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Major funders commission review of mental health care in the county

STORY BY MEG LAUGHLIN (Week of February 20, 2014)

With resources for mental healthcare in Indian River County steadily diminishing, major funders are taking bold steps to ensure that what’s available goes to the right place and that the community pulls together to help people with mental illness in ways that don’t have a price tag.

To that end, the funders – the McCabe Foundation, the United Way, the Hospital District, the Sheriff’s Office and the Indian River Medical Center – have authorized the hiring of Pennsylvania mental health consultant Michael Felix to work with Mental Health Collaborative chief Lisa Kahle in a top-to-bottom review of mental health care in the county.

The Mental Health Collaborative is a consortium of about 25 organizations in the county concerned with mental health issues. Its members range from the major funders to county and city officials and school district leaders to mental health administrators.

This past week, Felix and Kahle met with everyone from psychiatrists to social workers to mental health patients and their families to get a handle on what the future direction should be in order to fill the gaps in mental healthcare in the community.

Last Tuesday night was particularly poignant with Felix and Kahle meeting with patients and the families of patients at a conference room in the United Way offices. Also at the meeting were volunteers from the county branch of NAMI, the National Alliance on Mental Illness.

Among those who spoke: the parents of a schizophrenic young man who committed  suicide, a bi-polar nurse, the mother of an adult son with schizophrenia, the sister of a bi-polar alcoholic and the mother of a bi-polar child with mild autism. 

The gaps they talked about in the delivery of mental health services in the county were varied and wide.

They told Felix that sometimes it took three to four months to see a psychiatrist. When a mentally ill inmate is released from jail, they said, no one makes sure the person gets needed meds or an appointment at a mental health facility. The jail needs a mental health coordinator, they said.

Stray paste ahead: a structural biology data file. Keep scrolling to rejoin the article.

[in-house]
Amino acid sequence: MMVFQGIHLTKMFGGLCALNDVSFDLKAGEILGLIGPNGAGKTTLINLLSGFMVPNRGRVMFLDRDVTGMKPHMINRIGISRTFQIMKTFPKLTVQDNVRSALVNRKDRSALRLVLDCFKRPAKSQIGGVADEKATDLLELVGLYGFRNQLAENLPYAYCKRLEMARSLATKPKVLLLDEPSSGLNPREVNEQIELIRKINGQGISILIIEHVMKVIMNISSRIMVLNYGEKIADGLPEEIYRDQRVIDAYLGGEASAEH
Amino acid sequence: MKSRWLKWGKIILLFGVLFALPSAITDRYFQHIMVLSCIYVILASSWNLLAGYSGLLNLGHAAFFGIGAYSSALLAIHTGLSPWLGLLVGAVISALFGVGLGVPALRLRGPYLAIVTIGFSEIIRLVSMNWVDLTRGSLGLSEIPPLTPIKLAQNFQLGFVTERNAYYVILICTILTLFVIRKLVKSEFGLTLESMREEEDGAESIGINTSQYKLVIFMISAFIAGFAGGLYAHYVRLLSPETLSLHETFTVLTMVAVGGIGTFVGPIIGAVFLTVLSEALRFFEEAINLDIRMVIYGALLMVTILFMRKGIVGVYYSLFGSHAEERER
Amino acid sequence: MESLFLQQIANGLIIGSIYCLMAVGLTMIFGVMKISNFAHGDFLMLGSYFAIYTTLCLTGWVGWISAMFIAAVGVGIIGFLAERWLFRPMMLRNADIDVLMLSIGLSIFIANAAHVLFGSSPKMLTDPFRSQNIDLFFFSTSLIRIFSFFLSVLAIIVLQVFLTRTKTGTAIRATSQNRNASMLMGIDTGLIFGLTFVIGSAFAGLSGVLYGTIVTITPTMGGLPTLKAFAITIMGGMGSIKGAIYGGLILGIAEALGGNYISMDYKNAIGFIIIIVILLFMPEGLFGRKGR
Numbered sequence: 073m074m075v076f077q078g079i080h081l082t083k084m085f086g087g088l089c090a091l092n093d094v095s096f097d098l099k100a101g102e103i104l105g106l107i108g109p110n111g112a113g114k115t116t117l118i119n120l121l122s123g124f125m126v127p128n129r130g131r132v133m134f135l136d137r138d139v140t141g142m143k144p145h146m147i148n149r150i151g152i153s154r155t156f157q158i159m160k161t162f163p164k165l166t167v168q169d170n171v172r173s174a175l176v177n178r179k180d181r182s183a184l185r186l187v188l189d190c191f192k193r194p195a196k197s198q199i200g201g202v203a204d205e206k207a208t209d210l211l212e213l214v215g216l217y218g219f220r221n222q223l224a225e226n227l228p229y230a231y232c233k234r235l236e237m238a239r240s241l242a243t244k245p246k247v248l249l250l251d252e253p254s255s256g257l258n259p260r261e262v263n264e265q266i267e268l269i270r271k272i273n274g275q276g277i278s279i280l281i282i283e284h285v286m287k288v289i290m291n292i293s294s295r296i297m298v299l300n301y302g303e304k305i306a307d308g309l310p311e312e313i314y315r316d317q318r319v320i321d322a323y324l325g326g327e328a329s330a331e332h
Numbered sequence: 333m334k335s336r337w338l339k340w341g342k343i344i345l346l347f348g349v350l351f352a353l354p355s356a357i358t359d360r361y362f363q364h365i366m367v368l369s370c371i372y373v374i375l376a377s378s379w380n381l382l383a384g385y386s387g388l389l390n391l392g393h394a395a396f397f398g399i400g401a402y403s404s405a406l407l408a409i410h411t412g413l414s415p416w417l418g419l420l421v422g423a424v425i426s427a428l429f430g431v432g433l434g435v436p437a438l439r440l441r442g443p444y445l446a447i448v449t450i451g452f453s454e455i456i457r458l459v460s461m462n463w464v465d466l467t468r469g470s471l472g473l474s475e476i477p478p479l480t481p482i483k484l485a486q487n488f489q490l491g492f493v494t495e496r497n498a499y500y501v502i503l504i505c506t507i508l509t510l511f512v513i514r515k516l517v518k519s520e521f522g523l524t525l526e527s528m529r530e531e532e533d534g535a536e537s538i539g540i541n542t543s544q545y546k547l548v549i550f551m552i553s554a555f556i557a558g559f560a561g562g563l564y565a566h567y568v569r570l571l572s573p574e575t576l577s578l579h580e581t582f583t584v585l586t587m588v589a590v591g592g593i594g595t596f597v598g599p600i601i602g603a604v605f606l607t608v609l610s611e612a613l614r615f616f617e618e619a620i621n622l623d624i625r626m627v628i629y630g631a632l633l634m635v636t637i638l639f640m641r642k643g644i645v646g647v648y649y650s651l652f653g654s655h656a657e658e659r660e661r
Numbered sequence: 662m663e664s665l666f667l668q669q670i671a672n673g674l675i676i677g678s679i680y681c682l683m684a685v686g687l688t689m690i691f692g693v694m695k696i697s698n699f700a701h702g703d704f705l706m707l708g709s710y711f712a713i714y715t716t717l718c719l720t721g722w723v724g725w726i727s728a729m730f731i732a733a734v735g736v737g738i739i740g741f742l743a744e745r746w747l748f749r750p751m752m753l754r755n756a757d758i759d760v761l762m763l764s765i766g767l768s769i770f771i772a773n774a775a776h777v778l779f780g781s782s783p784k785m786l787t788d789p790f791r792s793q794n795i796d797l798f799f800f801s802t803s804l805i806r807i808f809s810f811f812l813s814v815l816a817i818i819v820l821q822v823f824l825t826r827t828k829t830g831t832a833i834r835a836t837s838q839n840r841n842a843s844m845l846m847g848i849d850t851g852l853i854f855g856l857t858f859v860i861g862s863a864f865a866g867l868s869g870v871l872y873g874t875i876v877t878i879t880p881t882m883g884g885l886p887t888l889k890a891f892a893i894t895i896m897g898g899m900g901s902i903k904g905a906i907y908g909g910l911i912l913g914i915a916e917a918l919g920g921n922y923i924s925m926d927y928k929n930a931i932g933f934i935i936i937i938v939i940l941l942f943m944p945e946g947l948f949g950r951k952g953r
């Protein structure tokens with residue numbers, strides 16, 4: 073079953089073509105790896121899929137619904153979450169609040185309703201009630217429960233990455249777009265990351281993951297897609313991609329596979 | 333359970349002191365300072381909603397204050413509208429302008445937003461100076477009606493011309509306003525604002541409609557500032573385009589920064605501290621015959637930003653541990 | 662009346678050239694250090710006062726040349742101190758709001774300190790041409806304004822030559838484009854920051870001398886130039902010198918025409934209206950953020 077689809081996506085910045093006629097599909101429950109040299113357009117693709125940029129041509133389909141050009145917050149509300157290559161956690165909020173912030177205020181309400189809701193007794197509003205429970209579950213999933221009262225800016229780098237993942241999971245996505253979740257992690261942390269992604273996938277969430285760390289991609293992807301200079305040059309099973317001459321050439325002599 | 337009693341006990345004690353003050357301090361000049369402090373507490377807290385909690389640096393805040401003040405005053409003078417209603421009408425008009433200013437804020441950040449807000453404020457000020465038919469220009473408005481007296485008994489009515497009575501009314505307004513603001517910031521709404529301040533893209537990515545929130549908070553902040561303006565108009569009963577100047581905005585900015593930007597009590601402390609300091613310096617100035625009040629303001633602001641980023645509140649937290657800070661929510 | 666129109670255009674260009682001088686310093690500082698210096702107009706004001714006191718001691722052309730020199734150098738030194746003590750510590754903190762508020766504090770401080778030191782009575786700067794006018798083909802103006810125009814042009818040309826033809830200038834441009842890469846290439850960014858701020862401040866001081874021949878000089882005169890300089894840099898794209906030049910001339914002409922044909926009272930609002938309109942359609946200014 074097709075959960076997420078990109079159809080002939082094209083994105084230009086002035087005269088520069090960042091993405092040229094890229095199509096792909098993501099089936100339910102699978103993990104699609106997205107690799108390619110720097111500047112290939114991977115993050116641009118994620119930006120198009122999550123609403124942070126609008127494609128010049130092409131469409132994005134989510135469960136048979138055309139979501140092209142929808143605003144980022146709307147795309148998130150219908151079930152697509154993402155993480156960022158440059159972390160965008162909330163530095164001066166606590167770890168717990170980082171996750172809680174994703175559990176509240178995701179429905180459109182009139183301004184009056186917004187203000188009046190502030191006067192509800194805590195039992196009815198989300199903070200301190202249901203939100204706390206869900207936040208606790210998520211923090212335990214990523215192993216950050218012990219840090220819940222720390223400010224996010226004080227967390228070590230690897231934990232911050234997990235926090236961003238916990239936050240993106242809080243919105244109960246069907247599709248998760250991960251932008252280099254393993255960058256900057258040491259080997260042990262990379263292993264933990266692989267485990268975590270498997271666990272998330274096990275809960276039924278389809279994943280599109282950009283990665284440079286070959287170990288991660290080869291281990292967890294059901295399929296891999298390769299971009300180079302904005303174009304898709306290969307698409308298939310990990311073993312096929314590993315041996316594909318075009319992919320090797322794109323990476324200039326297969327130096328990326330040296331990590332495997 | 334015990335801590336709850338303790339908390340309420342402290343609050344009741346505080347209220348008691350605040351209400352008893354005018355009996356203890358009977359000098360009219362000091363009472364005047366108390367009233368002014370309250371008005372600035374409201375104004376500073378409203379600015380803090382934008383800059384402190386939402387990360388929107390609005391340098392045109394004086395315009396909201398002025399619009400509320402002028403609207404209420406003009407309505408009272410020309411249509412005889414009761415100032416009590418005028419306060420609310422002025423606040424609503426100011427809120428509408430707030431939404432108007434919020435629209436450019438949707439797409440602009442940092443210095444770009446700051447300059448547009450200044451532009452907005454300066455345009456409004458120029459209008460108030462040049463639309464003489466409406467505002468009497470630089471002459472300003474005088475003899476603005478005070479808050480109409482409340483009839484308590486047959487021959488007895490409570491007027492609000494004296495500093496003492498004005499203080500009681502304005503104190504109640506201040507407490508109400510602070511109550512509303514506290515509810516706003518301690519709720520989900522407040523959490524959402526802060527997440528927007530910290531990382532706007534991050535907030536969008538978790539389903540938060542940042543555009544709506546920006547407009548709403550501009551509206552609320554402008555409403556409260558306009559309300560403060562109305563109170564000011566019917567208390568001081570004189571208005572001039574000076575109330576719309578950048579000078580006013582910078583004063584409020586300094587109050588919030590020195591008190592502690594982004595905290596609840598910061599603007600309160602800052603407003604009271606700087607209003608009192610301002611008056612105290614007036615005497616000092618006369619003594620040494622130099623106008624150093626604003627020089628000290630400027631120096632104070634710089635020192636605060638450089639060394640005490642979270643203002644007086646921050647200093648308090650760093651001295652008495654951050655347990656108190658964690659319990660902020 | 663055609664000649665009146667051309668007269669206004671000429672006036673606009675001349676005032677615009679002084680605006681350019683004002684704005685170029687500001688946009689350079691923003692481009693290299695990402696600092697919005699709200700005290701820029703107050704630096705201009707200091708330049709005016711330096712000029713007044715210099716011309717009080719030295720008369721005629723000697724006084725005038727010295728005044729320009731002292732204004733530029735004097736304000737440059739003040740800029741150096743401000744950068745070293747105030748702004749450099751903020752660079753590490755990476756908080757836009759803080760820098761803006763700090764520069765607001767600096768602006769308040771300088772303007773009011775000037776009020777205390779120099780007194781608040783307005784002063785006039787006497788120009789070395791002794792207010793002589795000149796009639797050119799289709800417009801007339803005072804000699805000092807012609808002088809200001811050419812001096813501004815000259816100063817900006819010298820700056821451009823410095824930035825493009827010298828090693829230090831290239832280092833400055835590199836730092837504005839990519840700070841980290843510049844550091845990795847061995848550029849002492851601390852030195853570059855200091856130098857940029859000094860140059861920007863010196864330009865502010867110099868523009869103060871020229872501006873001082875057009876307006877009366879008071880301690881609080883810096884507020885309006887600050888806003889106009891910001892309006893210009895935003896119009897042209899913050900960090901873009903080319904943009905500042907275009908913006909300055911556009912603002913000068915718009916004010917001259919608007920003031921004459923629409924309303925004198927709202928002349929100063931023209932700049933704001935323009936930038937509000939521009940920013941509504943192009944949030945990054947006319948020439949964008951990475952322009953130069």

When a person in crisis goes to the Indian River Medical Center emergency room on a crowded night, secure space is often unavailable and the person disrupts the waiting room. The hospital needs more space for mentally ill people in crisis, they suggested.

A mother related how her son had been tasered at the hospital, and said security guards there need to be better trained in crisis intervention.

The mother of a preadolescent, who is bi-polar and mildly autistic, said the school system is focused on the autism, “but she gets very little help with the mental illness.” School staffs need to be more focused on mental illness, she said.

Also, she said, very little support is offered in the county for youths under 18 with psychiatric disorders.

The group talked about dual diagnosis and how substance abuse frequently accompanies mental illness. But, they said, it was not common to have both problems treated.

 A mother blurted out: “My son says, it feels like he has knives in his head, and I want him to have a support group of peers who know what that feels like.”

Another mother told about “a wonderful, free Monday night program” called “Family to Family” for the families of mentally ill people at First Presbyterian Church, coordinated by NAMI. But, she agreed that there was not enough organized peer support for patients.  

Another participant said Vero also needs group homes.

Those at the meeting debated whether people with mental illness should be open about it because of the stigma.

The bi-polar nurse said she used to keep her mental illness a secret for fear of losing her job, but after years of functioning well on medication, she said she has become open about it.

“If I can help someone else who is bi-polar by freely admitting it, I want to,” she said.

But others worried aloud that being open about mental illness could cause the patient to be branded and often excluded.

Then the discussion turned to recovery – people who functioned well on medication, like the nurse.

The county needs job training for these people, they all said. Also school programs.

While consultant Felix asked and answered questions, the collaborative’s Kahle wrote down summaries in topic form. At the end of the night there were long lists of suggestions that would go into planning a better mental health delivery service for the county.

Over the next few days, Kahle and Felix visited mental health and substance abuse programs – among them, the Mental Health Association, Treasure Coast Community Health, New Horizons, Legacy and Suncoast – to help Felix get a fuller picture of what the county offered and needed.

In early March, Felix will present a plan to funders and they’ll go from there.

“I’m so thankful we have the Mental Health Collaborative pulling us together and pushing us forward, with a vision of where we need to go,” said NAMI president Valerie Smith.  

Tuesday night’s meeting ended with Felix telling everyone there that he was the child of alcoholics and started Alanon in the northeast when he was 16. 

His resume says he has been a community mental health development specialist for over 40 years and travels around the country helping towns like Vero Beach improve mental health services.

“We can do this together,” he assured everyone at the close of the meeting.

To learn more about NAMI”s free programs, call 772-532-5554.